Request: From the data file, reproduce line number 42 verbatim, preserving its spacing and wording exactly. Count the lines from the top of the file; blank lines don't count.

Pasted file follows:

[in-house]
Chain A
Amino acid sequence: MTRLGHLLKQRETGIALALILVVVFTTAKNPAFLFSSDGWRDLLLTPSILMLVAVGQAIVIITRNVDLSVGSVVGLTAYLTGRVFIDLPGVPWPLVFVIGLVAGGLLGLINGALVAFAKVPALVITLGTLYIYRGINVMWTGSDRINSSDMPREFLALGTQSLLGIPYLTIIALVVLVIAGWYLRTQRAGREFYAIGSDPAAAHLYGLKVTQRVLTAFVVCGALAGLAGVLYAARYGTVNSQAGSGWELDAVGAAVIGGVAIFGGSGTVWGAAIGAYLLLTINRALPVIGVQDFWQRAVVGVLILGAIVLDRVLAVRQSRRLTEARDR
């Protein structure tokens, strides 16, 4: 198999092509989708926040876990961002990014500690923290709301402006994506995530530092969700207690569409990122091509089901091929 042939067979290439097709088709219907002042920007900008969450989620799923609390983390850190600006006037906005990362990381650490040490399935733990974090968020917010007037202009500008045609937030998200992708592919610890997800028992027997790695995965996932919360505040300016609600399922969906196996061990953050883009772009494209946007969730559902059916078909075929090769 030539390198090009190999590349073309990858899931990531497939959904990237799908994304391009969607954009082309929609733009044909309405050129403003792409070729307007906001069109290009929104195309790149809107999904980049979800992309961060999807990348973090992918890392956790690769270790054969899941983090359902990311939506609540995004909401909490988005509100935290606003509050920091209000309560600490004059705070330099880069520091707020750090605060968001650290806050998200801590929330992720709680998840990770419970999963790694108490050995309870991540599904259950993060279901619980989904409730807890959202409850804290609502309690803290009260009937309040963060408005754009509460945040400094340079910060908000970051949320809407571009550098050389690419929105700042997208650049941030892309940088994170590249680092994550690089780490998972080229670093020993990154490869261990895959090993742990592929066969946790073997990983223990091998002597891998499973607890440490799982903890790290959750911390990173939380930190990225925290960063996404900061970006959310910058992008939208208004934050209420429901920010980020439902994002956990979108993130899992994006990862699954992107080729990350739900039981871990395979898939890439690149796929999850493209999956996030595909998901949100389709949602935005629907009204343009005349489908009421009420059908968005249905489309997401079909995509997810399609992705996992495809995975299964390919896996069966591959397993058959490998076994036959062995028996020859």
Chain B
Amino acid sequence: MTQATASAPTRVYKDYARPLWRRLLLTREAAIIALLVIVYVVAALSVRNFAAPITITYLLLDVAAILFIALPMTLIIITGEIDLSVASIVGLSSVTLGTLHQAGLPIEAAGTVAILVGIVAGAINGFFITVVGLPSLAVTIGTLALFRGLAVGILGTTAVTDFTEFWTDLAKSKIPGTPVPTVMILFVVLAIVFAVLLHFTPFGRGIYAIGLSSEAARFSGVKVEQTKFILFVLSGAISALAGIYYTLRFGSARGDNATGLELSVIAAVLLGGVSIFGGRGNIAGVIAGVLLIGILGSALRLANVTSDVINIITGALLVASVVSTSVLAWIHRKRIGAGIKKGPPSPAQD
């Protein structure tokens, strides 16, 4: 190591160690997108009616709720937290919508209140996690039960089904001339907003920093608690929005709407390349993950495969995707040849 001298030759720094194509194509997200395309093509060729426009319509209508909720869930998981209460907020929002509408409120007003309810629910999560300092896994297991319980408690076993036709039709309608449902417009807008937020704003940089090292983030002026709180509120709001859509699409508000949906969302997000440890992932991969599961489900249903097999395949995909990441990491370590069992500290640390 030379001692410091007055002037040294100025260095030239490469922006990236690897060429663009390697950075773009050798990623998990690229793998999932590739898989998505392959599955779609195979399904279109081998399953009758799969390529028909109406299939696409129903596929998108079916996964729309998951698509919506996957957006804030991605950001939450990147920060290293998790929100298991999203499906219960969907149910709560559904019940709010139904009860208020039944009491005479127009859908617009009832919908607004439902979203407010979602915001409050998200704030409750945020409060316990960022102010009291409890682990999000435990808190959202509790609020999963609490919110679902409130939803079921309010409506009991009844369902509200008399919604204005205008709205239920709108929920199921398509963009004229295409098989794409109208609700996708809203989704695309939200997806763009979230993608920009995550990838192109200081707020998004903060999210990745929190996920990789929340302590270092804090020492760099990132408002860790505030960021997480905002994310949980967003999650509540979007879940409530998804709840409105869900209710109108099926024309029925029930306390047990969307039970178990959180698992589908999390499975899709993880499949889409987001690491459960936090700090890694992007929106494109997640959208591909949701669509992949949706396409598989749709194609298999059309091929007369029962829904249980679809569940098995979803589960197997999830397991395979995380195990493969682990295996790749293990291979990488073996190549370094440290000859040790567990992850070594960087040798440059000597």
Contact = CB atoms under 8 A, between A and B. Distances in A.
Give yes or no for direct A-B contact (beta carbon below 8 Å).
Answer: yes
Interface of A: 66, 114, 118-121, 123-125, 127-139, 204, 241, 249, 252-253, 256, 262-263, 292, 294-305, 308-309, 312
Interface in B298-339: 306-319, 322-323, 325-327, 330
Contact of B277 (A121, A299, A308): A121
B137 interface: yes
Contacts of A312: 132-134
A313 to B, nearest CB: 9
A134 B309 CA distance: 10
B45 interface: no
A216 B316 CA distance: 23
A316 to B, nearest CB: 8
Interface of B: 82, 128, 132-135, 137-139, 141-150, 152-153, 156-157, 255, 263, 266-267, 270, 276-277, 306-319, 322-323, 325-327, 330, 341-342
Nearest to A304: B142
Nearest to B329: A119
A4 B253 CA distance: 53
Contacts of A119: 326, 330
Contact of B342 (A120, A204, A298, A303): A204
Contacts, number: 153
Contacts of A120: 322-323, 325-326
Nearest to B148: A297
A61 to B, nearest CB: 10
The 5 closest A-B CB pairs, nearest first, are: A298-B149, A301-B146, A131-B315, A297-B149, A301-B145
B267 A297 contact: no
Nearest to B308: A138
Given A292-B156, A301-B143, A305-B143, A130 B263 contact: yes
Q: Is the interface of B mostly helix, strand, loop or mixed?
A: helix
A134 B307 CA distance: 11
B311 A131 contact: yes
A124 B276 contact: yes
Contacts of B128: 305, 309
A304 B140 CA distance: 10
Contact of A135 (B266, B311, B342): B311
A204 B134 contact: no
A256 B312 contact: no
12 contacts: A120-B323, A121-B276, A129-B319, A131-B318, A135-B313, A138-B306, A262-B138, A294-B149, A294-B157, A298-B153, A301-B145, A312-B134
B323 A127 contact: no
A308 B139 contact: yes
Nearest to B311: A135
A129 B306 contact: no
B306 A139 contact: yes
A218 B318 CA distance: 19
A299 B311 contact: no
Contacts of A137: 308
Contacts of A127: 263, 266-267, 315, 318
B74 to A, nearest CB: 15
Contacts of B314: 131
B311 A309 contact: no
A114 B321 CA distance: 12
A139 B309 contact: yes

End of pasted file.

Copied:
Contact of A135 (B266, B311, B342): B311